Colonial Pipeline, one of the largest oil pipeline operators in the United States, has had to cease all operations since Friday after being the victim of a cyber attack, said the company which transports gasoline and diesel on more than 8,800 km of pipelines. across the United States.
"On May 7, the Colonial Pipeline company learned that it was the victim of a cybersecurity attack," the group said in a statement.
"We took some of our systems offline as a precaution to contain the threat, which temporarily halted all pipeline operations and affected some of our IT systems," the company adds.
Colonial Pipeline operates a network of pipelines stretching from refineries on the Gulf Coast around Houston, Texas, to the northeastern United States in the New York area.
The group says it has hired a "leading" cybersecurity company to resolve the issue and has opened an investigation into the nature and scope of the incident.
"We contacted the police and other federal agencies," says Colonial Pipeline.
The group said on Saturday that the incident involved "ransomware" or ransomware, code that exploits security holes to encrypt computer systems and demand ransom to unlock them.
"For now, our main goal is to safely and efficiently restore our services to return to normal operation," added Colonial Pipeline who said "are working diligently to resolve this issue and minimize disruption".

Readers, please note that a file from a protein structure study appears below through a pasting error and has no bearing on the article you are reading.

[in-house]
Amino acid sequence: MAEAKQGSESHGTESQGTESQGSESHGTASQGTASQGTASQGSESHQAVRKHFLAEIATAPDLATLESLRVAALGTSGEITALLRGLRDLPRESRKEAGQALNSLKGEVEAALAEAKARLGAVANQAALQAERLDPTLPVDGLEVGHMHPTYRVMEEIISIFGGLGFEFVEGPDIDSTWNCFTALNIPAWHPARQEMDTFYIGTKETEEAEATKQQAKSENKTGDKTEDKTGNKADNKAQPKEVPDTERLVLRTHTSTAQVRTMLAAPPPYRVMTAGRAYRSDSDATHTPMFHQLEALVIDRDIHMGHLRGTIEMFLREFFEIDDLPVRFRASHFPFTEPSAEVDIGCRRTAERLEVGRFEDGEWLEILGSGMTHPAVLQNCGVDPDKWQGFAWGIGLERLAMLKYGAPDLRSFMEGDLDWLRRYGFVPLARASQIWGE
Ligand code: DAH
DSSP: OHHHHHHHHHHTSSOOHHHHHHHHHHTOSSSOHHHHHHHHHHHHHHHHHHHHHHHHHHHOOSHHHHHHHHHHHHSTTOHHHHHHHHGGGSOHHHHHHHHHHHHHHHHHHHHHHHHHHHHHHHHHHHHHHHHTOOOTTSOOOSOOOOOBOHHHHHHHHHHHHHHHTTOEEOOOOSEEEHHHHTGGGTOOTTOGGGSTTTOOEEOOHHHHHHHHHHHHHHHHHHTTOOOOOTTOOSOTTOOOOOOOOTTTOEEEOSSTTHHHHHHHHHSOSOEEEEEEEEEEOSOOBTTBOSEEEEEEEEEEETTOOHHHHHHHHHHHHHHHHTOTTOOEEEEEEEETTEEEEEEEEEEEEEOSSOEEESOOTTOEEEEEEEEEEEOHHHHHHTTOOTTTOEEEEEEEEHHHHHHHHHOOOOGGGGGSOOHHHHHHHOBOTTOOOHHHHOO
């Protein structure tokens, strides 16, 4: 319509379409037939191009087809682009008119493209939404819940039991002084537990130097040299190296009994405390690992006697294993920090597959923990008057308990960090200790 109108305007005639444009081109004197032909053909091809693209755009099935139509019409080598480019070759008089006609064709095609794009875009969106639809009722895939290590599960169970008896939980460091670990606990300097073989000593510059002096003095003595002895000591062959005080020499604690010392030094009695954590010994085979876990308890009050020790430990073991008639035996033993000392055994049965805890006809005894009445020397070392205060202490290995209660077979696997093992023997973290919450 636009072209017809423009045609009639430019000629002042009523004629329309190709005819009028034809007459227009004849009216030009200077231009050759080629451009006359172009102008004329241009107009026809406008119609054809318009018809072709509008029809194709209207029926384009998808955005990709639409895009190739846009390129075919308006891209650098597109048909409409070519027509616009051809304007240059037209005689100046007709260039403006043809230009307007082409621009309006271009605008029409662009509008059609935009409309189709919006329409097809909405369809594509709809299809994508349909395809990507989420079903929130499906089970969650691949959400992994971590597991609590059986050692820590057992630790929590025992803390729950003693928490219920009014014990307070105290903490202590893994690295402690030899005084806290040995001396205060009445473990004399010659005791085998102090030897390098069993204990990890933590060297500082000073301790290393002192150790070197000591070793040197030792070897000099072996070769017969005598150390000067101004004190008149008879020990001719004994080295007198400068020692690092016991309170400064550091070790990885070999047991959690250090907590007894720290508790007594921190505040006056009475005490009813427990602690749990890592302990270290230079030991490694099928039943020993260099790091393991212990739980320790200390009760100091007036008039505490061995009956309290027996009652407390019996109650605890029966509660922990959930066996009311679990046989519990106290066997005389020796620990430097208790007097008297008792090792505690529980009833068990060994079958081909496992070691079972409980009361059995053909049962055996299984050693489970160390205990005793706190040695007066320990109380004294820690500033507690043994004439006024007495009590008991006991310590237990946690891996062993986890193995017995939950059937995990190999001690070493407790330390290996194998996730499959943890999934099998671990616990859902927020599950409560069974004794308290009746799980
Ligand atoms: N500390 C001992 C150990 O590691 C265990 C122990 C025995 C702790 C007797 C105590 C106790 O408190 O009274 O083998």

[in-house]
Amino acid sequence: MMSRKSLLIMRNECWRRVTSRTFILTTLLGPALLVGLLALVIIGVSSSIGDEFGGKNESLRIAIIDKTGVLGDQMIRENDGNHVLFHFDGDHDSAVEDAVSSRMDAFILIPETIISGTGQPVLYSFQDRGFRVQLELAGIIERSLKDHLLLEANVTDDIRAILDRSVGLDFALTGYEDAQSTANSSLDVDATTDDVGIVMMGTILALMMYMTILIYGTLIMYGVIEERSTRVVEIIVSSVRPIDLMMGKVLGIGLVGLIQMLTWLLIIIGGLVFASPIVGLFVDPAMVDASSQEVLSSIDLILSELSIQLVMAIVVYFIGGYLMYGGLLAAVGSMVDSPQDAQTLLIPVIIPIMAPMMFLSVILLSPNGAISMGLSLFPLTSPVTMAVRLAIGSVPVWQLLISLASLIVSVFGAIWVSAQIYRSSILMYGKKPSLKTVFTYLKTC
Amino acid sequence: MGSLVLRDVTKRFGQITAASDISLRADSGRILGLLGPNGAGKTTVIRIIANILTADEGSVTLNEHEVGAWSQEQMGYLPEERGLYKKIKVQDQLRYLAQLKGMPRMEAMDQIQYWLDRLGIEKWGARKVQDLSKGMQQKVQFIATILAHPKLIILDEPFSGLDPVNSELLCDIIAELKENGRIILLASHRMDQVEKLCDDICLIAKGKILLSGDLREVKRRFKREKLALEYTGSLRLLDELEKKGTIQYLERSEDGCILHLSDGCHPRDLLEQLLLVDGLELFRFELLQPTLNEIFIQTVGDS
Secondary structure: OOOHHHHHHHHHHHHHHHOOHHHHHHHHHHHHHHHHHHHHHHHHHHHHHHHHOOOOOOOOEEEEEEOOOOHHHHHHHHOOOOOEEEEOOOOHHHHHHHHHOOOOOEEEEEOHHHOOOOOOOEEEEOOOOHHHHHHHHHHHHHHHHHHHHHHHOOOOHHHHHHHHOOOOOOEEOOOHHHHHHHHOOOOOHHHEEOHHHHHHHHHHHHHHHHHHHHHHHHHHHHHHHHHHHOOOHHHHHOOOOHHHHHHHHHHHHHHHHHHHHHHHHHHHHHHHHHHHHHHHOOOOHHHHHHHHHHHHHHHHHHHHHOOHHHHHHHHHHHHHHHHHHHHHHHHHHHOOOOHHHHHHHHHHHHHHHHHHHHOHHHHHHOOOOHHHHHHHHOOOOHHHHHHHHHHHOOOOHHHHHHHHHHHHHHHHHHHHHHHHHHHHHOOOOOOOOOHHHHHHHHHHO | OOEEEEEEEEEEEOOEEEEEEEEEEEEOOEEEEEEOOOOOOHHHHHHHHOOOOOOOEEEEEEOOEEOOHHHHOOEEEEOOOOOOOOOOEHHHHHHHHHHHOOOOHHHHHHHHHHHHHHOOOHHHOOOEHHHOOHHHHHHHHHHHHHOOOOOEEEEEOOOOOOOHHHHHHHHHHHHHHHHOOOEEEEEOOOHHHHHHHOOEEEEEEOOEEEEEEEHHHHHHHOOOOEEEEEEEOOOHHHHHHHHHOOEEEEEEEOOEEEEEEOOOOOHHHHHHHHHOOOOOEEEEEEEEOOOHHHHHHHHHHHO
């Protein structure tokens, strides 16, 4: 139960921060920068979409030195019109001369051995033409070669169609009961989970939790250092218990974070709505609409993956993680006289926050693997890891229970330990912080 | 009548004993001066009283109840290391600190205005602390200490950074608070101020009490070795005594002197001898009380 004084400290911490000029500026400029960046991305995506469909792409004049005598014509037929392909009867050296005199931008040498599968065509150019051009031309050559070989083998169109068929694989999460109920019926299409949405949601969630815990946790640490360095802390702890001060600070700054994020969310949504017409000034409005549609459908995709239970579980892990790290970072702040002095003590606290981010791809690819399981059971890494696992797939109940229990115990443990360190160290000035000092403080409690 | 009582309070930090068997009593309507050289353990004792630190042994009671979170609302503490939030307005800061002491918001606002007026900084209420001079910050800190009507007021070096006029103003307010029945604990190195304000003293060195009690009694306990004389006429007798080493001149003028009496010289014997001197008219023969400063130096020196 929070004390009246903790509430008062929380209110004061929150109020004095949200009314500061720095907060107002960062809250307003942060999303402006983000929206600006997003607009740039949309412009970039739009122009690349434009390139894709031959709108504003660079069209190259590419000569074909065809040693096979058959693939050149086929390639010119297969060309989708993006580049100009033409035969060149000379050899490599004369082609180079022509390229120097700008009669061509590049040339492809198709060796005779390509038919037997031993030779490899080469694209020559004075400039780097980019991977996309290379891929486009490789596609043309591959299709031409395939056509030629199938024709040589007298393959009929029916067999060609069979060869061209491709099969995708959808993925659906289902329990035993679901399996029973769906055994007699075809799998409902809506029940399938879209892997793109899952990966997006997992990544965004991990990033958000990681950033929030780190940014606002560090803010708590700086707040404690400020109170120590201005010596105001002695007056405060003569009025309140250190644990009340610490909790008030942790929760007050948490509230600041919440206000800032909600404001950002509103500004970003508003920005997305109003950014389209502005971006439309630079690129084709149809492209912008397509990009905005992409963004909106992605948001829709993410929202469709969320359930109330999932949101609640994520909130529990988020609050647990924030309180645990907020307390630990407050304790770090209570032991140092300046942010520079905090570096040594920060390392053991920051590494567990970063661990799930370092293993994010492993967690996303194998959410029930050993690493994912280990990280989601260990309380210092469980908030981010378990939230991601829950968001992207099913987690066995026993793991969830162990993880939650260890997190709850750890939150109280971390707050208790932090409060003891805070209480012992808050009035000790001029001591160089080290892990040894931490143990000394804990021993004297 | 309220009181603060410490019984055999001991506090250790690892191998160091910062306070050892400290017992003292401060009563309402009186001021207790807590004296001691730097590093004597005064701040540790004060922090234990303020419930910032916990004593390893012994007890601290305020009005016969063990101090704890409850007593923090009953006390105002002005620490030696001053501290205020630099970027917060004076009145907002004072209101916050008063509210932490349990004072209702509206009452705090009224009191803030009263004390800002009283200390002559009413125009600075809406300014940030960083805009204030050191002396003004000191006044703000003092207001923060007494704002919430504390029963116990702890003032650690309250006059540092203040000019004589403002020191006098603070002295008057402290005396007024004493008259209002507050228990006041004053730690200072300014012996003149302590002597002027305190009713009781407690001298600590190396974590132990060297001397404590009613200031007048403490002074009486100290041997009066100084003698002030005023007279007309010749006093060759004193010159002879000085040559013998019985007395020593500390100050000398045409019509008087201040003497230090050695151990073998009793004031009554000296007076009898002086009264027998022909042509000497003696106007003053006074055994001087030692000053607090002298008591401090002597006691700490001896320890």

Colonial Pipeline is the largest operator of refined products pipelines in the United States, transporting more than 380 million liters of fuel oil daily to the northeast of the country.
This company transports almost 45% of the fuels consumed on the American East Coast.
The CISA, the US Agency for Infrastructure Security and Cybersecurity, is "in contact with the company and other partners within the institutions in this matter", deputy director Eric Goldstein told AFP, according to a spokesperson.
The incident "underscores the threat posed by ransomware (" ransomware ") to organizations, regardless of their size or the industry in which they operate," the CISA official added in an email.
"We encourage every organization to take steps to strengthen its cybersecurity in order to reduce its exposure to such threats," he said.
- Gas stations -
According to Andy Lipow, a specialist in the oil market and chairman of the consultancy firm Lipow Oil Associates, "the region most affected is going to be Baltimore-Washington as well as the Carolinas, Georgia and Alabama."
"It is therefore not a problem that affects the whole country but rather the mid-Atlantic region and part of the south-east," he told AFP.
"The impact will depend on how long it lasts. The pipeline delivers the refined products every five days," explained Lipow.
"If the pipeline is closed for one or two days, that's a minor problem. If it stays out of service for four or five days, we will have shortages in the terminals which will start to affect service stations" , he added.
Not to mention the airports.
Beyond four to five days, airports in Baltimore, Atlanta, Charlotte or even Nashville will have to decide how to supply kerosene so that airlines can keep their flight schedules, Mr. Lipow said.
Several computer attacks have rocked the United States in recent months, including the massive hack of SolarWinds, an IT management software publisher, which compromised thousands of US government computer networks.
The Biden administration accused Russia of being responsible, which led to financial sanctions against Moscow and the expulsion of diplomats.
"If Sunday night, when the oil futures market reopens, the pipeline is still closed, the price per barrel will go up 3-5 cents," Lipow said.
Friday, the US barrel of WTI for the month of June, had gained 0.29%, to 64.90 dollars while some operators had already heard of technical problems at Colonial Pipeline.vmt / uh
© 2021 AFP